Artsy puts the buyer in touch with the gallery directly and the deal is made between them. This seems like a small price to pay for international reach. Carver, who currently employs two staff members, admits she “doesn’t know where everything is going. We’re not sure when it will all settle down, so we’re trying different things.”
Christina Parker tried Artsy, but found it too time-consuming. “I’d need a dedicated staff person attending to the site to make it work for me and with only two of us, I can’t do that. Besides, she adds, “it does nothing to advance the careers of my artists.” Parker relies upon her excellent website to expand the art conversation with her collectors and to educate them about the work being done. That said, Parker has attended the Toronto Art Fair on her gallery’s dime for the past seven years, which she credits as having furthered the reputations and marketability of those on her roster.
A similar site to Artsy is 1stdibs.com. It operates as more of a high-end digital supermarket, offering direct sales on everything from exclusive one-of-a-kind jewelry to antique furniture and art. It is very popular with designers but is all about selling the object, with no concern for the CV of the artist who made the work. 1stdibs charges a comparable membership fee to Artsy, plus deducts a percentage of the total sale price.
Artbombdaily.com is another art sales option, a curated, subscriber-based, daily online auction that sells original contemporary art at a wide price point. Launched in 2011 by former Art Gallery of Ontario employee, Carrie Shibinsky, ArtBomb has regional curators all over the country who hunt down the “best” original work made by artists in their region.
Vanessa Lentz, a commercial photographer by trade, is the East Coast curator, who selects work in all genres that she feels will appeal to thousands of ArtBomb clients. She photographs the selected works, organizes the online auctions, and packages then ships the sold art work to the new owner at their expense.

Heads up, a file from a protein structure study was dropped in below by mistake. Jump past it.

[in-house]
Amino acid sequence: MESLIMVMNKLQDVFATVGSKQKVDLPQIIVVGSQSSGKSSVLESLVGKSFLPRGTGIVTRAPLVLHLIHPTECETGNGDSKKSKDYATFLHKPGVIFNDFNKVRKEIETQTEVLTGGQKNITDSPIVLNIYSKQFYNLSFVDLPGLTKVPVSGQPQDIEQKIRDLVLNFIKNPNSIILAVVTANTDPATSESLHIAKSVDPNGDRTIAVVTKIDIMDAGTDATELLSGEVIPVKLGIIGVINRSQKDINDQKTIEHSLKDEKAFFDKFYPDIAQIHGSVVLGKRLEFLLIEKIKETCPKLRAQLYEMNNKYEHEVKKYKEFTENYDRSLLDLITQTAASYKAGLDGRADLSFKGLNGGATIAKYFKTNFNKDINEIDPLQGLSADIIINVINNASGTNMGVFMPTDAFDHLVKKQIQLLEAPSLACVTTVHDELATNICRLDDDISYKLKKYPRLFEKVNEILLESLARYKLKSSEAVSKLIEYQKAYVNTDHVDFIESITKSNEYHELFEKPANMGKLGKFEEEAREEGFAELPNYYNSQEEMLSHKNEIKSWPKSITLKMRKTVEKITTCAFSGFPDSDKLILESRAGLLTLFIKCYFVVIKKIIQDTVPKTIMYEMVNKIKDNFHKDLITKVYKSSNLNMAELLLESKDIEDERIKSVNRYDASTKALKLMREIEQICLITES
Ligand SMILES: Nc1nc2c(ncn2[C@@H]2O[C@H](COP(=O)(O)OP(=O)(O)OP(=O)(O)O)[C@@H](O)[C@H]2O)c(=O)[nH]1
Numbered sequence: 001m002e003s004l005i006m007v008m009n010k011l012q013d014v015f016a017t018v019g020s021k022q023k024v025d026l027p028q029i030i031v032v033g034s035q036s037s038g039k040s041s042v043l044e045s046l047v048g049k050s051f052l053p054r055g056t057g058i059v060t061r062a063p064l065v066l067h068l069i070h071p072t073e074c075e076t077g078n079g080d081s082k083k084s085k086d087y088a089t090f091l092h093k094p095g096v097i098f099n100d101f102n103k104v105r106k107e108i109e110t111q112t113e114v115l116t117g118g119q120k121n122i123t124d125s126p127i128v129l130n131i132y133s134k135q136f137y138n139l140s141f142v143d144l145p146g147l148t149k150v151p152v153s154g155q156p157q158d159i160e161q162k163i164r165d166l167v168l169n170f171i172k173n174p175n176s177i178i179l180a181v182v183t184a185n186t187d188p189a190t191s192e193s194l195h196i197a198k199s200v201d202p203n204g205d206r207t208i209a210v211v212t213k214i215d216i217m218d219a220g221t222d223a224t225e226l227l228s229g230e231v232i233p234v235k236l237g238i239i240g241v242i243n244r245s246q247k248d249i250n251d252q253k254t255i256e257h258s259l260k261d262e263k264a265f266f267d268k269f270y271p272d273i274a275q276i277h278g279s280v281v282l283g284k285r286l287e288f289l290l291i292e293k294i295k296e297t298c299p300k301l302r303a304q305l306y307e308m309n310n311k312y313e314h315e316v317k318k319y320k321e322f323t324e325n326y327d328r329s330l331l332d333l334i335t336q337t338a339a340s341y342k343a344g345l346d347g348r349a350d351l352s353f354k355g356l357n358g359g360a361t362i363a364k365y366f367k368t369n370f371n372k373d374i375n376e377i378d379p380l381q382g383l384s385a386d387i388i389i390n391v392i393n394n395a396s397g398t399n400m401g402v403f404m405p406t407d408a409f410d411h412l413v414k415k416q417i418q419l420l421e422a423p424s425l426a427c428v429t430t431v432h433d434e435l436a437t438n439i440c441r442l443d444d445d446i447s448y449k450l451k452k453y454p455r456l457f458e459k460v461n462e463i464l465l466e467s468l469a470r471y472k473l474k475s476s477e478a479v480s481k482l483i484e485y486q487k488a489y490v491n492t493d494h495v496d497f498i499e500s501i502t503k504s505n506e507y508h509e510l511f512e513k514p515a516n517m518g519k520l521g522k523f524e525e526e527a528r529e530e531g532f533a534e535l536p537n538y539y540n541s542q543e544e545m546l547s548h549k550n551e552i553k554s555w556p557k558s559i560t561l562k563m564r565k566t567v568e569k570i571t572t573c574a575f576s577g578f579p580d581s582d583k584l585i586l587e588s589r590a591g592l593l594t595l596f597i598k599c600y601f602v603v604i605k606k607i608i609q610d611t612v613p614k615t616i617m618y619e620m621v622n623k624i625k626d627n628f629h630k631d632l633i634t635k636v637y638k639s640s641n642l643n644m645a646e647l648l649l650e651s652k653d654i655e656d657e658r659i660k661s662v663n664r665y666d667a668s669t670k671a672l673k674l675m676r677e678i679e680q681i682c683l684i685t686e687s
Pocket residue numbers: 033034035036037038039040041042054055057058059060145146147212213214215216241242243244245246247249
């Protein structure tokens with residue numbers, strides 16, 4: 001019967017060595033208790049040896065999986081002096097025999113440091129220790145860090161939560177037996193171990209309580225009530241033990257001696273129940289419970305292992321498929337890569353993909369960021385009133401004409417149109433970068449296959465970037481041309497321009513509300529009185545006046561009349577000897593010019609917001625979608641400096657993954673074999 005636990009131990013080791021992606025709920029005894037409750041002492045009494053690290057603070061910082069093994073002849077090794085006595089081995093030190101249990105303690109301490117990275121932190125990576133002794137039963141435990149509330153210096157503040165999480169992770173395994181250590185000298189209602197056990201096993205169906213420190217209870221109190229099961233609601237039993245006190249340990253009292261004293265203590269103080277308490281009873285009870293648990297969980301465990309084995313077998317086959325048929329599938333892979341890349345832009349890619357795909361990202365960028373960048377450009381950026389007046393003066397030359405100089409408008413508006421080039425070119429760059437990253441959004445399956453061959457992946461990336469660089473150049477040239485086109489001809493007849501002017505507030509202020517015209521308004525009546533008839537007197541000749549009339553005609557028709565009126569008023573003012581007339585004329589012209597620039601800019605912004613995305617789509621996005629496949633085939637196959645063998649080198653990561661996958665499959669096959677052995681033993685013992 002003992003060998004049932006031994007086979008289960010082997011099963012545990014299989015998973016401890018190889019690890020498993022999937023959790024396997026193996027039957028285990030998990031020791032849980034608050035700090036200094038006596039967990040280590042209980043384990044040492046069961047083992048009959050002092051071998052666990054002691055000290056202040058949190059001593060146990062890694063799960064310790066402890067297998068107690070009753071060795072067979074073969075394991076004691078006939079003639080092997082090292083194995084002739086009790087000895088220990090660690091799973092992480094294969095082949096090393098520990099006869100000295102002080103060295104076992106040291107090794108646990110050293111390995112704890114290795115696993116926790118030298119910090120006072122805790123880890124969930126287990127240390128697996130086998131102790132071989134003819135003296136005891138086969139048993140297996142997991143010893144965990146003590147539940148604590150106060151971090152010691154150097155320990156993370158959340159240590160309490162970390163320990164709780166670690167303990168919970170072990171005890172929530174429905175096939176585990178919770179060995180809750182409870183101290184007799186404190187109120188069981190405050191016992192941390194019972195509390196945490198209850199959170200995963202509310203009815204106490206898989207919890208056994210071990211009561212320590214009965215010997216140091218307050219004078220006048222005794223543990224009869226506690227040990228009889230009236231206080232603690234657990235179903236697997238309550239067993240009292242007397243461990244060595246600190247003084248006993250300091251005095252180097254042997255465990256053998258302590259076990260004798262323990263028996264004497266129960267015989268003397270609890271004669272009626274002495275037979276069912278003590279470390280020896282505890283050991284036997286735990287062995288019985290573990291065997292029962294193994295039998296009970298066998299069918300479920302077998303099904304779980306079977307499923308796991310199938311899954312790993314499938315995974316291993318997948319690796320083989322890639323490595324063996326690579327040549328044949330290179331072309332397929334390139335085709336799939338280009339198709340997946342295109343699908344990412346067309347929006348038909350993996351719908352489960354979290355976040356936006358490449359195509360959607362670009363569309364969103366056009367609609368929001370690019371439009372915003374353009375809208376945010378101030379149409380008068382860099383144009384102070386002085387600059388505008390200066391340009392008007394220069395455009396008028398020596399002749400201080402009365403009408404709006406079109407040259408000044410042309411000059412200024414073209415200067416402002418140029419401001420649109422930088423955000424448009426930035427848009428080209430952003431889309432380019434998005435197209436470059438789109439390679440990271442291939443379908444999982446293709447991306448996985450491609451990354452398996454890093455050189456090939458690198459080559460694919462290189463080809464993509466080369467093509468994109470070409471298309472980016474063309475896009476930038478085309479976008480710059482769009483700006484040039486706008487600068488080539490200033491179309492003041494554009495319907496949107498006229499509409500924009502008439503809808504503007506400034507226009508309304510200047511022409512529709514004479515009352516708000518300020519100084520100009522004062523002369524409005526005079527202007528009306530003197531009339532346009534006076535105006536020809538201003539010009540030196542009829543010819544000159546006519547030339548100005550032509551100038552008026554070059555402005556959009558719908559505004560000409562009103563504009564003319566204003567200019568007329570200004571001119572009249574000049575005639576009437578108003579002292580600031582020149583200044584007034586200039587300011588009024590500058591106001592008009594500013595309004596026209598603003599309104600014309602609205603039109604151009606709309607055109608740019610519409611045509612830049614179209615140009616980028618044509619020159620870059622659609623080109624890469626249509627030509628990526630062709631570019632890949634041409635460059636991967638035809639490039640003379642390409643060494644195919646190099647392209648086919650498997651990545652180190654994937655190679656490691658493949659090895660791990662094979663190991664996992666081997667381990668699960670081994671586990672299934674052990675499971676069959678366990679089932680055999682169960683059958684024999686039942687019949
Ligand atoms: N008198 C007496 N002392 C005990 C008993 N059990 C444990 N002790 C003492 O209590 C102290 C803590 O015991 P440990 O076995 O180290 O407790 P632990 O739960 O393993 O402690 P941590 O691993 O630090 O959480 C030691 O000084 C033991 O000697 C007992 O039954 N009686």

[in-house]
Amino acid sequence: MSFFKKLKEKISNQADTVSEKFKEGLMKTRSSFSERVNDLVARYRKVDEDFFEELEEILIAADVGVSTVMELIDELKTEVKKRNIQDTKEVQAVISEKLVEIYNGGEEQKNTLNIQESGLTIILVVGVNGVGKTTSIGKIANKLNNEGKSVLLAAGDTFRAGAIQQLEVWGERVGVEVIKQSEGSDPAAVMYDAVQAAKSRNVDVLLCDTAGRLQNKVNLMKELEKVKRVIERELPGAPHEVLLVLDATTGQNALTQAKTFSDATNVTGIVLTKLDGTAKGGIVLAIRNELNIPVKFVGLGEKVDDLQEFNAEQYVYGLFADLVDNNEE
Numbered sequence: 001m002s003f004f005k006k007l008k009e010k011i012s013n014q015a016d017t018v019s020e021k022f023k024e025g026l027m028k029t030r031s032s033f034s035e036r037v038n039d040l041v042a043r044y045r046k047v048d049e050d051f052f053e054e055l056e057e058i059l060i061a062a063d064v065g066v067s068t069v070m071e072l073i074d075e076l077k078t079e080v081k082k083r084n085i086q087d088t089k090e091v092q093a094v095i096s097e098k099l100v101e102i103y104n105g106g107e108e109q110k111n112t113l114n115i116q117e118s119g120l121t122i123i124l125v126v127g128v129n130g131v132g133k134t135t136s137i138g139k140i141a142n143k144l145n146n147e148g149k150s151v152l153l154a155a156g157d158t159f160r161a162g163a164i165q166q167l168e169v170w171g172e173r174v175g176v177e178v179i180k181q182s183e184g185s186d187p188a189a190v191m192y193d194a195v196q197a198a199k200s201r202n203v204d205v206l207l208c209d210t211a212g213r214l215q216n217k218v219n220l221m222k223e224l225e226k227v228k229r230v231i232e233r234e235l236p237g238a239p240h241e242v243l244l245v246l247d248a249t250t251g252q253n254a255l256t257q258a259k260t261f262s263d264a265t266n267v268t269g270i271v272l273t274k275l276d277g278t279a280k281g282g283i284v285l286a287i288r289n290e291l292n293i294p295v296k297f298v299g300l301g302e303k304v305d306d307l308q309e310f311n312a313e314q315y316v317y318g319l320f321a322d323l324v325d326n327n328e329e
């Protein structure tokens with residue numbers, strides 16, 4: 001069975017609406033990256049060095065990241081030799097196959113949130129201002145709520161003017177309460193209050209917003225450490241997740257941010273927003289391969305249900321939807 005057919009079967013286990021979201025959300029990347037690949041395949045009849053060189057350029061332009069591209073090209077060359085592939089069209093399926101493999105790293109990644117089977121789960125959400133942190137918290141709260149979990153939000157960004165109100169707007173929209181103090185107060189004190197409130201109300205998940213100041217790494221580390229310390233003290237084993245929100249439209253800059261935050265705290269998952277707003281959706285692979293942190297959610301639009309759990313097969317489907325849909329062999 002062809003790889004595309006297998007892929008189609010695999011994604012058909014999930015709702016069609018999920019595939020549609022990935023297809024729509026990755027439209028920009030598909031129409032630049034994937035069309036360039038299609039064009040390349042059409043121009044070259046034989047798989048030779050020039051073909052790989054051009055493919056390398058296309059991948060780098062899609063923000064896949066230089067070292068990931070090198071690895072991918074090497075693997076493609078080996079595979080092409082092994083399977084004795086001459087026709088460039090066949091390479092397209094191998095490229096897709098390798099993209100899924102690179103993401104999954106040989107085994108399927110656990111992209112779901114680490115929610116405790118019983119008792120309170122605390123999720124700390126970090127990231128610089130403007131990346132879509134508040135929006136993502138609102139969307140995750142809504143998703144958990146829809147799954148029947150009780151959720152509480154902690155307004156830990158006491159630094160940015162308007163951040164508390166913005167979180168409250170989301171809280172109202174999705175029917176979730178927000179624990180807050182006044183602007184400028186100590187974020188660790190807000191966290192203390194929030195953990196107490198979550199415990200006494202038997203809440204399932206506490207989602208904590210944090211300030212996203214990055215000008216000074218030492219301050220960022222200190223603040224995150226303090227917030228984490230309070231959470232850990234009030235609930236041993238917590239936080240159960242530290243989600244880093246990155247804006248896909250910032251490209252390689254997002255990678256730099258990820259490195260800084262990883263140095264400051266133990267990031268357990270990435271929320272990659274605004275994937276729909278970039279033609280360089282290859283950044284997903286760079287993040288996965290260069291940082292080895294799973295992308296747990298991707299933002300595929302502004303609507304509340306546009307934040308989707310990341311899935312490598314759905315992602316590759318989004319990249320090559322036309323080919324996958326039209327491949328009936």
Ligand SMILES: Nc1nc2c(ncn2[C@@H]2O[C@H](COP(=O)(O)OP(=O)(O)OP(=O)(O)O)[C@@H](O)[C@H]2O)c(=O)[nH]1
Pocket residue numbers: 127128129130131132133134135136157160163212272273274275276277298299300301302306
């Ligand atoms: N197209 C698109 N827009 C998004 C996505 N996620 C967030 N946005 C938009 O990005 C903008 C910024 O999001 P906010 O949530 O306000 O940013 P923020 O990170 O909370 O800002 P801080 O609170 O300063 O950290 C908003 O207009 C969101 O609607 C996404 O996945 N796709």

“Artists in Atlantic Canada are not charged an upfront fee for putting their work in our online auctions,” she claims, “unlike in central Canada where we are so over-subscribed. On average, we sell the most work at about the $600 to $700 range, with Artbomb keeping a 50 per cent commission.”
Lentz goes on to add, “The auction operates similarly to eBay. Artists can determine their minimum acceptable price, the reserve bid for their work. If it doesn’t sell, they pick it up. If it does sell, we cut them a cheque.”
Individual artists without gallery representation reply heavily upon individual websites and social media platforms like Facebook and Instagram to sell work directly to the consumer, or self-produced shows at rental galleries or in pop-up situations. Local artist Shelley Mansell recently invited 20 buyers — friends or friends of friends — to a private showing of 40 new works.
“Everyone coming is going to buy some work,” she confidently claims. Selling your own work means more time away from the studio but these artist-entrepeneurs get to keep 100 per cent of the sales price. It’s always a trade-off.
With more media-savvy artists graduating from art schools each year, the conventional hunt for a dealer has been replaced by ingenuity and hustle. Selling art is like online dating; it doesn’t really matter how the art meets the buyer.
All that matters is that the deal gets sealed.